Timur Akpinar's answer A starting point could be to bring the underrated tires to the attention of the dealership. If they agree to the issue you raise and are willing to work with you to remedy the problem, that might be the most cost-effective solution.
Joseph Jaap's answer The landlord can send you a bill. Nothing prohibits that. If you don't pay, they can sue you. Nothing prohibits that either. If they sue, the court will determine if you have any legal obligation to pay it.
Matthew Williams' answer The court could determine you were not at fault, or it could determine you were at fault. If it determines you were at fault, you face a likely license suspension, fines, and driving school.
Peter N. Munsing's answer There are arguments either way. They should because as their guest they owed certain duties to you. Offer to pay the cost of a locksmith house call because if all had been calm and had time to wait that's what would have had to be done anyway.
Peter N. Munsing's answer There was a claim in the 9th circuit that seemed to run into some type of problem. Contact a member of the Ohio Assn for Justice who handles Pharmaceutical litigation. They give free consults.
Robert D. Kreisman's answer If you're asking about a cause of action to bring, you need an injury or damages which you didn't included. You should notify the place you bought your drink and perhaps the local health department.
Joseph Jaap's answer If you gave landlord your forwarding address before you left, landlord must give you an itemized list of any deductions to your security deposit within 30 days. If he did not, then you can sue him for double the amount wrongfully withheld plus your attorney fees. Use the Find a Lawyer tab here on Justia to consult with a local attorney.
Peter N. Munsing's answer If you bought it used, it's on you unless you can show he had to know and conceal it. In that case get estimates of cost of fix, if he doesn't pay, sue him in small claims. But get both fixed.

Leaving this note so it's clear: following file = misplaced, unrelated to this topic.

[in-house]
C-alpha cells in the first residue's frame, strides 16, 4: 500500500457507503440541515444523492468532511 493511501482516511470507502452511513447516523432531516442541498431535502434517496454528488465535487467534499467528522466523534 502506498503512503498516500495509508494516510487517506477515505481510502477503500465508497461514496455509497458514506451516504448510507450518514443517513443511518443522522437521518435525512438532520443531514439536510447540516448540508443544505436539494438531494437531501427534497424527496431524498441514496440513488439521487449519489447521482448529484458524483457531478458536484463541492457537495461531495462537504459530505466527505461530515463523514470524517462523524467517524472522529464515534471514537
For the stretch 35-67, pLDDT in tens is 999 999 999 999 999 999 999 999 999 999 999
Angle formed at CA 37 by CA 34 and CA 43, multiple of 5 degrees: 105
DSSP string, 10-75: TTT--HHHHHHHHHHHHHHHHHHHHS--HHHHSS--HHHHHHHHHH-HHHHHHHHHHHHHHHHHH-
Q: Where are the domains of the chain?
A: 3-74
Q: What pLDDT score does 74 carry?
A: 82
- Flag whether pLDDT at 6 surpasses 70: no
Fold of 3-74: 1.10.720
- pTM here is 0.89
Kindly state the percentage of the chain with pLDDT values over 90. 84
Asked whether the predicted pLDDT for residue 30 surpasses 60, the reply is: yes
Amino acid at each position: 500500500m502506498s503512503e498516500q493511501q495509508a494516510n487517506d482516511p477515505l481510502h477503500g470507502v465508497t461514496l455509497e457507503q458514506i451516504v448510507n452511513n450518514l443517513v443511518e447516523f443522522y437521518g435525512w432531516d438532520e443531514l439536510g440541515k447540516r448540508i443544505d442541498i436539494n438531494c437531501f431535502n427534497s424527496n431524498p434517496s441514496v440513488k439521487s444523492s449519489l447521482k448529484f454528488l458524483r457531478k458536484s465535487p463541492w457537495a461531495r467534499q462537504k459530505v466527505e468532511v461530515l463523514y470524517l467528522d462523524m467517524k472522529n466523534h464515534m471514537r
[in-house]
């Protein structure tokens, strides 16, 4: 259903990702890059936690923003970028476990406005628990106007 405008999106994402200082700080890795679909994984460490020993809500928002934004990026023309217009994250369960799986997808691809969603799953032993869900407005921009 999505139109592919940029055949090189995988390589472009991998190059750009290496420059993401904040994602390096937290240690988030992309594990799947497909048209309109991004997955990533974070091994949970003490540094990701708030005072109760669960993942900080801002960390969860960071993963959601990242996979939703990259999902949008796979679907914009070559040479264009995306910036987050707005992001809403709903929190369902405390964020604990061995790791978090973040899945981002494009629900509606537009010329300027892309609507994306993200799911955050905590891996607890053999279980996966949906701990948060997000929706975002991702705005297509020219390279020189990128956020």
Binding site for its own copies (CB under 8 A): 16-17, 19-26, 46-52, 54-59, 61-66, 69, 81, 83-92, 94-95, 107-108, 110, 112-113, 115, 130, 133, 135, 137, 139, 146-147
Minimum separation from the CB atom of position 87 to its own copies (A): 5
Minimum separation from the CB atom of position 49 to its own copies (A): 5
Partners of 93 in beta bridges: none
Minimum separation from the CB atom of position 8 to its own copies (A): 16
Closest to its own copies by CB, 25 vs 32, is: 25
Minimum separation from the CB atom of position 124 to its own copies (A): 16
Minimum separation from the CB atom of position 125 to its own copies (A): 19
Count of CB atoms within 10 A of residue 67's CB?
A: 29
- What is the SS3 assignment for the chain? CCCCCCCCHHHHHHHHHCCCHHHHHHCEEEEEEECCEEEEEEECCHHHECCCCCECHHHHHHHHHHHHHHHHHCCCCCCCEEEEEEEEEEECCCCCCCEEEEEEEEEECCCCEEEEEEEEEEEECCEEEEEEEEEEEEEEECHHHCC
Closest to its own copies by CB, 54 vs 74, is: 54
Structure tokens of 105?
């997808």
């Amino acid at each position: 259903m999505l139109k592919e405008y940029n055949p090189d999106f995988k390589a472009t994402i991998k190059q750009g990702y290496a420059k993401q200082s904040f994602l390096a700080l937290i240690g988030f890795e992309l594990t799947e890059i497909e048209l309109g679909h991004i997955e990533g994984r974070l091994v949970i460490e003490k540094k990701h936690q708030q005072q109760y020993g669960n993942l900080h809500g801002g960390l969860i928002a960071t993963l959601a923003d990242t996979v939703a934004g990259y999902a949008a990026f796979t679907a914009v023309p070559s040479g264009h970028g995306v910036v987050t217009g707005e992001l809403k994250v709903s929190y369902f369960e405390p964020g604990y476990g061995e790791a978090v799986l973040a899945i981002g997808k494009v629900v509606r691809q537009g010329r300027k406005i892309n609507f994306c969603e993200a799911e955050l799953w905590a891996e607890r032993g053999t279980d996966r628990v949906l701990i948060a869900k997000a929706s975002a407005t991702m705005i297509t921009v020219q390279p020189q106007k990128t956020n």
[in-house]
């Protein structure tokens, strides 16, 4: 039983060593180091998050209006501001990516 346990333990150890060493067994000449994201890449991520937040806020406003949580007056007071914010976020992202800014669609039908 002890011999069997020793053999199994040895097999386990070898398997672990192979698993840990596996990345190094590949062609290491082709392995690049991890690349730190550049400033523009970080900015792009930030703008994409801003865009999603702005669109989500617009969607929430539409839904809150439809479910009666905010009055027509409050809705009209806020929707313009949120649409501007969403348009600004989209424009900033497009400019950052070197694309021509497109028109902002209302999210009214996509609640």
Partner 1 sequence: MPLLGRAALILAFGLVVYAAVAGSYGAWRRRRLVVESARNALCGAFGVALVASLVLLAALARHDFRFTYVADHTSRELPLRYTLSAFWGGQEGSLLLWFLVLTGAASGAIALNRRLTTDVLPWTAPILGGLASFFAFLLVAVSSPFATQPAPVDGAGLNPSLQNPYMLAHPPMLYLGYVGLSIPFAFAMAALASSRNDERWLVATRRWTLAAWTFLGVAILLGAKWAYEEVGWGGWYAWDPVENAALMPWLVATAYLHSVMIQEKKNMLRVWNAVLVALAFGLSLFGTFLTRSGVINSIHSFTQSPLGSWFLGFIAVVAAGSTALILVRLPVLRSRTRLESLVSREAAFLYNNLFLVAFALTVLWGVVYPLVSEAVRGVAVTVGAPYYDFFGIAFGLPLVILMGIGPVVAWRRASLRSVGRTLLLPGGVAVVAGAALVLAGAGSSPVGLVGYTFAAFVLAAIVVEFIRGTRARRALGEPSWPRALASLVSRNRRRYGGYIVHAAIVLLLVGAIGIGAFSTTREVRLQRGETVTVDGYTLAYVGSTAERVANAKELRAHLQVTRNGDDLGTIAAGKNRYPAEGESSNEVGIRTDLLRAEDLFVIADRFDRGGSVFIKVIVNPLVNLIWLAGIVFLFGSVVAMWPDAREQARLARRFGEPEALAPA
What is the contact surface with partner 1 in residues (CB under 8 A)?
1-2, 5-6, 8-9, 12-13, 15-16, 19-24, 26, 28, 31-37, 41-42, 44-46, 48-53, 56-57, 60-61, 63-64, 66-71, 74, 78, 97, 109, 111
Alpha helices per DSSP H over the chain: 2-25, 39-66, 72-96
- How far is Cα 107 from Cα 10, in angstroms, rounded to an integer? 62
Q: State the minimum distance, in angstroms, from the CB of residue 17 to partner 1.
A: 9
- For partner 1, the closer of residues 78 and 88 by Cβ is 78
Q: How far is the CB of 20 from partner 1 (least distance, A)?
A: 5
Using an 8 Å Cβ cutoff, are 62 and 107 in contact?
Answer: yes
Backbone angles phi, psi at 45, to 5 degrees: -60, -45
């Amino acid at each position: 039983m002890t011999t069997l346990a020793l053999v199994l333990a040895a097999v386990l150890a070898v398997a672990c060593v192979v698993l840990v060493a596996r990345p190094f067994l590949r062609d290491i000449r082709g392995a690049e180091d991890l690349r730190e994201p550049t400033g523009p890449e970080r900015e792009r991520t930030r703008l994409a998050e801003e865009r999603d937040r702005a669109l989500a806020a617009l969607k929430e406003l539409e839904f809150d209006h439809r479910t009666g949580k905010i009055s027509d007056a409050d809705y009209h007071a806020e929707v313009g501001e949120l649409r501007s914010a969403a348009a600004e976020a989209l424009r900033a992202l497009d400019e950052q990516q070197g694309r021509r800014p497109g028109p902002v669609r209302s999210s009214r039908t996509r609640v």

Peter N. Munsing's answer Sounds fishy. Talk to your bank. Generally, you can stop payment (get them to pay the charges) and sort it out.If the balance hasn't been cashed then you should be ok with a rewrite. Note on the check what it is for.
Adam Studnicki's answer You might have a claim again the store and/or manufacturer. The value depends on the nature and extent of your damages. A local products liability lawyer can advise.
Please Take Notice: I am not your lawyer unless we enter into an engagement agreement in writing. This is only general information. It is NOT legal advice, and it may not work for your specific situation. It is impossible to evaluate a legal problem without a comprehensive consultation and review of all the relevant facts...
Adam Studnicki's answer The viability of your claim will depend on being able to show the medicine made you sick (as opposed to whatever sickness you already had that led you to take the medicine), as well as the nature and extent of your injuries. You can consult with a local products liability lawyer about your specific situation.
Please Take Notice: I am not your lawyer unless we enter into an engagement agreement in writing. This is only general information. It is NOT legal advice, and it may not work...
Justia Ask a Lawyer is a forum for consumers to get answers to basic legal questions. Any information sent through Justia Ask a Lawyer is not secure and is done so on a non-confidential basis only.
The use of this website to ask questions or receive answers does not create an attorney–client relationship between you and Justia, or between you and any attorney who receives your information or responds to your questions, nor is it intended to create such a relationship. Additionally, no responses on this forum constitute legal advice, which must be tailored to the specific circumstances of each case. You should not act upon information provided in Justia Ask a Lawyer without seeking professional counsel from an attorney admitted or authorized to practice in your jurisdiction. Justia assumes no responsibility to any person who relies on information contained on or received through this site and disclaims all liability in respect to such information.
Justia cannot guarantee that the information on this website (including any legal information provided by an attorney through this service) is accurate, complete, or up-to-date. While we intend to make every attempt to keep the information on this site current, the owners of and contributors to this site make no claims, promises or guarantees about the accuracy, completeness or adequacy of the information contained in or linked to from this site.